Superbug discovery renews hope for antibiotic treatment

September 04, 2018

Bacteria that were thought to be resistant to a powerful antibiotic may be susceptible to treatment after all, research has found.

The food-poisoning bug Listeria was shown to respond to an antibiotic even though the bacteria carry genes that should make it highly resistant.

Scientists say the antibiotic - called fosfomycin - should be reconsidered as a treatment for life-threatening Listeria infections.

Early lab tests had indicated that fosfomycin fails to kill Listeria because the bacteria carry a gene that enables it to break down the drug.

Further studies, however, found that the drug was effective at killing Listeria in infected cells in the lab and in mice.

Genes that are only activated when the bacteria infect the body cancel out the effects of the drug-destroying gene, researchers at the University of Edinburgh found.

The findings suggest fosfomycin could prove to be a useful treatment for life-threatening Listeria cases despite these bacteria testing resistant based on laboratory tests, the researchers say.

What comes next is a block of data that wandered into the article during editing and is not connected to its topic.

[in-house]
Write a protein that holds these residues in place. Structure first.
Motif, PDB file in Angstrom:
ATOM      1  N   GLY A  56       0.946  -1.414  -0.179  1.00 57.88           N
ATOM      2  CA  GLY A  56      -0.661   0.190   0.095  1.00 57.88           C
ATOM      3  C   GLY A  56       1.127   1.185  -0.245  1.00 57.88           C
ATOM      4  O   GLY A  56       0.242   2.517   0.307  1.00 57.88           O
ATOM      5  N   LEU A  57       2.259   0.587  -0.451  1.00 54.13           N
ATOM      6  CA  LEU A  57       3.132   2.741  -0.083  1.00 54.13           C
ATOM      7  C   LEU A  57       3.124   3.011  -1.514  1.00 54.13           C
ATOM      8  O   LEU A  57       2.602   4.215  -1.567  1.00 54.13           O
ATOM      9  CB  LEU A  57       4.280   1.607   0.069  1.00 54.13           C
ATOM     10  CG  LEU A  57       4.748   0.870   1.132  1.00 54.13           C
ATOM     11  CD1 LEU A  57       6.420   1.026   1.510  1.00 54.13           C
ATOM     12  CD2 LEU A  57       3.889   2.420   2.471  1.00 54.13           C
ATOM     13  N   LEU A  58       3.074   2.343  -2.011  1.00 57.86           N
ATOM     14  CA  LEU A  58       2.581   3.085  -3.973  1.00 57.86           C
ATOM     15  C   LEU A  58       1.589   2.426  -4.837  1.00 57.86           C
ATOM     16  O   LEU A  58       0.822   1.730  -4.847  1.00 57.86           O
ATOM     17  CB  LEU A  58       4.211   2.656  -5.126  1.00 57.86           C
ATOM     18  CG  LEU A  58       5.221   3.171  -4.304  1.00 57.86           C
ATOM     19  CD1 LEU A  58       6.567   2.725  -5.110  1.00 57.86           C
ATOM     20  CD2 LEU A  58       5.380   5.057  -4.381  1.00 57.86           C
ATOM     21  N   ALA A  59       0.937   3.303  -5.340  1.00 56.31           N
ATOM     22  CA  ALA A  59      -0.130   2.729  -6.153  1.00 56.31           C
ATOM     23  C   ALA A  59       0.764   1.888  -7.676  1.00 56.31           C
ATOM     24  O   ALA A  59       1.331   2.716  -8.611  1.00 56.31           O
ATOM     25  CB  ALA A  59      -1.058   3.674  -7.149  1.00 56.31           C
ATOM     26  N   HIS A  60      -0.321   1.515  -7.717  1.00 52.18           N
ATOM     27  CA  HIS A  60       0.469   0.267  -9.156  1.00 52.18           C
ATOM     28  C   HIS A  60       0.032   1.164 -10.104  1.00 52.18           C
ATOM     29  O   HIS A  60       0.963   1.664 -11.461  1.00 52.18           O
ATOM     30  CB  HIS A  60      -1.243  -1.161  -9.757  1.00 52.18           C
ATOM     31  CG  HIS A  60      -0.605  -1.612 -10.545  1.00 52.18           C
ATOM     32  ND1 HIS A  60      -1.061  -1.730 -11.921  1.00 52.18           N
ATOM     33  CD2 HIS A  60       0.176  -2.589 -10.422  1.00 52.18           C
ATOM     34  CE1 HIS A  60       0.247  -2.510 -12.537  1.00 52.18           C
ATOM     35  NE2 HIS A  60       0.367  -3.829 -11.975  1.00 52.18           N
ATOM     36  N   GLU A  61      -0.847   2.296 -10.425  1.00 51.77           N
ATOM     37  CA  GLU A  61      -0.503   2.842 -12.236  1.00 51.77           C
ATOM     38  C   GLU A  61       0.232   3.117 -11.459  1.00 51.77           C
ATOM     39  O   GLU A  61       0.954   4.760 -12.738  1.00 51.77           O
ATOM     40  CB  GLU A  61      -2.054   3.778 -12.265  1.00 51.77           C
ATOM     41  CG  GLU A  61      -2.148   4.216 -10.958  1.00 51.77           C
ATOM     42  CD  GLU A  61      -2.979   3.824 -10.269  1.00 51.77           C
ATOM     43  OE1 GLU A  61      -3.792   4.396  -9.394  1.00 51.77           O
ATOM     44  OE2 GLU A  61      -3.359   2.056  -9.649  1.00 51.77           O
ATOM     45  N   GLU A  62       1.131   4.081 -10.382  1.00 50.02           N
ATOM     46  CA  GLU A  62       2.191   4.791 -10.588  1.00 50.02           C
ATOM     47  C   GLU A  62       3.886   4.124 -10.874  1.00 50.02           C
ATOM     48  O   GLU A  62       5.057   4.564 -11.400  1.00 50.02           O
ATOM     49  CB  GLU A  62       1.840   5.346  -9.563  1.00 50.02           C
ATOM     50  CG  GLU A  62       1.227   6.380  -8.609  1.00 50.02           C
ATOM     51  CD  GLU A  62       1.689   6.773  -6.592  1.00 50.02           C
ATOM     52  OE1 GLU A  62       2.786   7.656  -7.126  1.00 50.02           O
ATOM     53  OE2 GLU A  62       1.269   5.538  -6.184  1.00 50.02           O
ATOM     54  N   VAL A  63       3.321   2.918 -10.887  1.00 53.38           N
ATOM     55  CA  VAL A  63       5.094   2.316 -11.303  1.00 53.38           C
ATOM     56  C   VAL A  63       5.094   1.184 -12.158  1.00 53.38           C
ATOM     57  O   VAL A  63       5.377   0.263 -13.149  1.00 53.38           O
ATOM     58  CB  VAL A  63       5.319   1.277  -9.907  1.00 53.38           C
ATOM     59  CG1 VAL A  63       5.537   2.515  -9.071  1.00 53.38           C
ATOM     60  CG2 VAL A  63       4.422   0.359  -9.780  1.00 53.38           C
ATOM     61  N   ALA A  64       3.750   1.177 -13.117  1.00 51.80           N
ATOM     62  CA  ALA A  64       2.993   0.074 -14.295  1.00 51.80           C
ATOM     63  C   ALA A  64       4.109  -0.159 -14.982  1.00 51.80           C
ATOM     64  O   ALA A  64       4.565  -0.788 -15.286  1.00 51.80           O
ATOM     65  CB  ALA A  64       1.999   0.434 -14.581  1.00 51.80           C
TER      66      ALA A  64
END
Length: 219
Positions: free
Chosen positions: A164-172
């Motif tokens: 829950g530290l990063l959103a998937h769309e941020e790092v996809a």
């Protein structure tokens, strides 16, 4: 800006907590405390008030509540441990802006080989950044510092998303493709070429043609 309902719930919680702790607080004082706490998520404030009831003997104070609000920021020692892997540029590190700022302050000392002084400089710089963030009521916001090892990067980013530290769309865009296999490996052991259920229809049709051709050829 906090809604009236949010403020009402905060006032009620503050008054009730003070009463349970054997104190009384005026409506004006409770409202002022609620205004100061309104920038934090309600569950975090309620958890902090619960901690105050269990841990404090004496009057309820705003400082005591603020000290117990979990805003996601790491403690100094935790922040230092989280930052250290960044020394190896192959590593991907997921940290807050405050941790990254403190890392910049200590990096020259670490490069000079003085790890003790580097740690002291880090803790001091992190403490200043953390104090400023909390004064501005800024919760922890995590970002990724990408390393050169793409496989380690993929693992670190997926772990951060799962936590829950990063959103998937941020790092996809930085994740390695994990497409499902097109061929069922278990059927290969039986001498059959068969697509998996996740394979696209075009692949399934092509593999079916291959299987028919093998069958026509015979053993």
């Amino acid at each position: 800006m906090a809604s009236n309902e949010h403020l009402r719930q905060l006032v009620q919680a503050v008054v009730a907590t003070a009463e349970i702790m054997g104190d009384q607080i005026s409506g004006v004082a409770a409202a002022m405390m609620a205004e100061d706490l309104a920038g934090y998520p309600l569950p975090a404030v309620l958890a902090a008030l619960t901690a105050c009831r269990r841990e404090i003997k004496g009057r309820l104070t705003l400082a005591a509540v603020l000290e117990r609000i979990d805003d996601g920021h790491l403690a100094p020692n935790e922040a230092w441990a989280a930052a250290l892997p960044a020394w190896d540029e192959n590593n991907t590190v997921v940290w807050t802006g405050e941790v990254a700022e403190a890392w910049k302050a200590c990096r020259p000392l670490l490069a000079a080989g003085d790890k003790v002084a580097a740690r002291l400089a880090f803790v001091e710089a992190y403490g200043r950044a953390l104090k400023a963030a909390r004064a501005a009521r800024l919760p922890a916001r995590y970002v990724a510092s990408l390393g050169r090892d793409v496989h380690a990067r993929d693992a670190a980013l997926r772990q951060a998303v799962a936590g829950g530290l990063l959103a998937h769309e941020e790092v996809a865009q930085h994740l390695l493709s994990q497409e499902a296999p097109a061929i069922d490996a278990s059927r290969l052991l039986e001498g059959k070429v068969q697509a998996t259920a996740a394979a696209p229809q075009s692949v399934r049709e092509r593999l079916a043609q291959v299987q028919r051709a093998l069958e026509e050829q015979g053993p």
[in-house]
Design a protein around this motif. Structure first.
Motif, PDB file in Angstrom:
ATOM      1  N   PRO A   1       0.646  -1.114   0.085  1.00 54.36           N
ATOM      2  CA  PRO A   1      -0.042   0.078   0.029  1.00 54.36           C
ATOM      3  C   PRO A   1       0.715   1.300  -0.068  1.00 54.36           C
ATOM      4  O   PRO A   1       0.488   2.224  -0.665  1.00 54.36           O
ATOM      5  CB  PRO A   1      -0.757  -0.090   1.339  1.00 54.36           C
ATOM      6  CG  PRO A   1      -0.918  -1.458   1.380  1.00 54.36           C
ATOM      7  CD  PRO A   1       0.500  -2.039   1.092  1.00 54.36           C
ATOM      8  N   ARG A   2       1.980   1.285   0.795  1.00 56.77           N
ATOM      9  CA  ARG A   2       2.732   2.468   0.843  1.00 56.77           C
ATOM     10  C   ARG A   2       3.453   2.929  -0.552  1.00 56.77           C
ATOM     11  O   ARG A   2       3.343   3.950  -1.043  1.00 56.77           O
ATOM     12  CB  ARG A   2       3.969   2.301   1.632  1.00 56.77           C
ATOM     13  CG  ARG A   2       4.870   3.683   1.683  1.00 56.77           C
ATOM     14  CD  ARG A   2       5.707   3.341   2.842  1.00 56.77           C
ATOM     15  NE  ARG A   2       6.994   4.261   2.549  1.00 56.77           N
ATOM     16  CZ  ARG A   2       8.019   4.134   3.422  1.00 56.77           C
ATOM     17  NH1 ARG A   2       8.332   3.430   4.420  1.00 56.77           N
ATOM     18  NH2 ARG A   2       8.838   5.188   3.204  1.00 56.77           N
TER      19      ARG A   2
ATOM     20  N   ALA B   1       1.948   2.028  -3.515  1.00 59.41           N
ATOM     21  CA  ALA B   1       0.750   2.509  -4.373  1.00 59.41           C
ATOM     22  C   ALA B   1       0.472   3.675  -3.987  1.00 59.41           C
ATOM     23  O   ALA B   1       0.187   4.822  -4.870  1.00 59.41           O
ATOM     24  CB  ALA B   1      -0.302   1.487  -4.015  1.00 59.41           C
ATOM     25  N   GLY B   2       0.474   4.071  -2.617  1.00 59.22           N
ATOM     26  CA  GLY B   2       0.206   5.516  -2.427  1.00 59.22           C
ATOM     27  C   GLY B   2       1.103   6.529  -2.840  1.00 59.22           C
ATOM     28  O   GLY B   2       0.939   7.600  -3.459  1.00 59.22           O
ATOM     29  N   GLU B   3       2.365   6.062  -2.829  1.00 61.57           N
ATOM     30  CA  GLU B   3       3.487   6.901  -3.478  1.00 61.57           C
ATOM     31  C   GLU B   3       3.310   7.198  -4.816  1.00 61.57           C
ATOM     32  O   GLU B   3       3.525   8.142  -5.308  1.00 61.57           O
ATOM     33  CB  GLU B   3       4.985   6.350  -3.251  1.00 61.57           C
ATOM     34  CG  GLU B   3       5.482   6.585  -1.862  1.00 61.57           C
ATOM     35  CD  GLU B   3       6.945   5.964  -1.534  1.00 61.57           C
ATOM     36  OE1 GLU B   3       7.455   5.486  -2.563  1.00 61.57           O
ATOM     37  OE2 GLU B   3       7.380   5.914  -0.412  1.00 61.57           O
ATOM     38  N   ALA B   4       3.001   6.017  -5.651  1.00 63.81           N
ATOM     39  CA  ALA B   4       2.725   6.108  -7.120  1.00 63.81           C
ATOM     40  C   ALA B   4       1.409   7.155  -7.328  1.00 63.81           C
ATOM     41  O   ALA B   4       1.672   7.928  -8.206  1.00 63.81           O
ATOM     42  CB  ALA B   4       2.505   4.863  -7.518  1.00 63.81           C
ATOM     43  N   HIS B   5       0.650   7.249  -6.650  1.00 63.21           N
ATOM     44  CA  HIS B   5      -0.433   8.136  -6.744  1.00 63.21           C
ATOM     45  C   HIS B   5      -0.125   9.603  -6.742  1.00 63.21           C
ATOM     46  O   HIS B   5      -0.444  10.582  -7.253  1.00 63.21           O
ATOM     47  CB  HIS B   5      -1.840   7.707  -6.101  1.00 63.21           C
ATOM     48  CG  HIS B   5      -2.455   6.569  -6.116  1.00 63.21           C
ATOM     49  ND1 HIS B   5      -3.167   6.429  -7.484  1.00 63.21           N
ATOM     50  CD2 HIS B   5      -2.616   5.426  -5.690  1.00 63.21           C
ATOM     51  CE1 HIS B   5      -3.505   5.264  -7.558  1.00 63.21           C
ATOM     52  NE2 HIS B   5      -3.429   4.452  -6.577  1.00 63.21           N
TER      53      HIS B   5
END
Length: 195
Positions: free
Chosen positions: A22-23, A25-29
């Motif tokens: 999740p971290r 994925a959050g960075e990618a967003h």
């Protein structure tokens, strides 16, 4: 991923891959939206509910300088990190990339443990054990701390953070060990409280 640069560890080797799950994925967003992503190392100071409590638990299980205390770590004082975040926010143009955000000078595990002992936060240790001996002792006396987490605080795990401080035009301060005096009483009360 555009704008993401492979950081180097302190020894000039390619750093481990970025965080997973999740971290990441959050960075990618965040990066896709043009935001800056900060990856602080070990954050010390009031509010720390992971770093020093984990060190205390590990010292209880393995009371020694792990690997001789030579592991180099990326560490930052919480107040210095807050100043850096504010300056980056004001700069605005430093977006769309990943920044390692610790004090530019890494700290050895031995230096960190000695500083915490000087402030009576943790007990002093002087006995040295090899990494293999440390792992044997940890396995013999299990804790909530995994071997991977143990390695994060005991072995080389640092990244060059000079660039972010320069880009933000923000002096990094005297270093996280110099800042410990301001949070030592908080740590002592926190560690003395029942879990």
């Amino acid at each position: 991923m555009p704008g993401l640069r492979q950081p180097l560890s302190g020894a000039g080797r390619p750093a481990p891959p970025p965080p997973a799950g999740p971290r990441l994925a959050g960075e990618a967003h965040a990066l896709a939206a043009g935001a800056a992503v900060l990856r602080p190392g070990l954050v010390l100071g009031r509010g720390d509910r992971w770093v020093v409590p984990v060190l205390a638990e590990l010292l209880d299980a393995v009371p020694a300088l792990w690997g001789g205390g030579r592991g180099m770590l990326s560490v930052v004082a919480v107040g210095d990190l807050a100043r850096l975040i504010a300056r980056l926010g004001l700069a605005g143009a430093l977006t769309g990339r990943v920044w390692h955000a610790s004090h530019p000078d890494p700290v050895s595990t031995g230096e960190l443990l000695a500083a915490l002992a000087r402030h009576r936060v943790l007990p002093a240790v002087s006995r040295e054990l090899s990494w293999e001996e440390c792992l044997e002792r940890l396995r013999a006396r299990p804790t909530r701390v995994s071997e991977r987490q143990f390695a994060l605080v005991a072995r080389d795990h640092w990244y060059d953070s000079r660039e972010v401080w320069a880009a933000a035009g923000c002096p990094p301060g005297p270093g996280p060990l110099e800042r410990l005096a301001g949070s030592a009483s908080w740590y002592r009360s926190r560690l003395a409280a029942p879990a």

Listeria infection - also known as listeriosis - is the most lethal food-borne disease known and is often fatal. It is caused by eating contaminated foods such as soft cheeses, smoked salmon, pates, meats and salads.

The infection is particularly deadly for those with weak immune systems, such as older people and newborns. It can also cause miscarriage.

These bacteria reproduce within the cells of the body and frequently affect the brain, which only certain medicines are able to treat. This limits the treatment options for serious infections, and so fosfomycin may prove highly beneficial.

The study, published in the journal PLOS Genetics, was funded by Wellcome.

Professor Jose Vazquez-Boland, who led the research at the University of Edinburgh's Division of Infection Medicine, said: "Our study focused on Listeria, but this important discovery may be relevant for other species of bacteria too. It is encouraging that we may be able to repurpose existing drugs in the race against antibiotic resistance."
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University of Edinburgh

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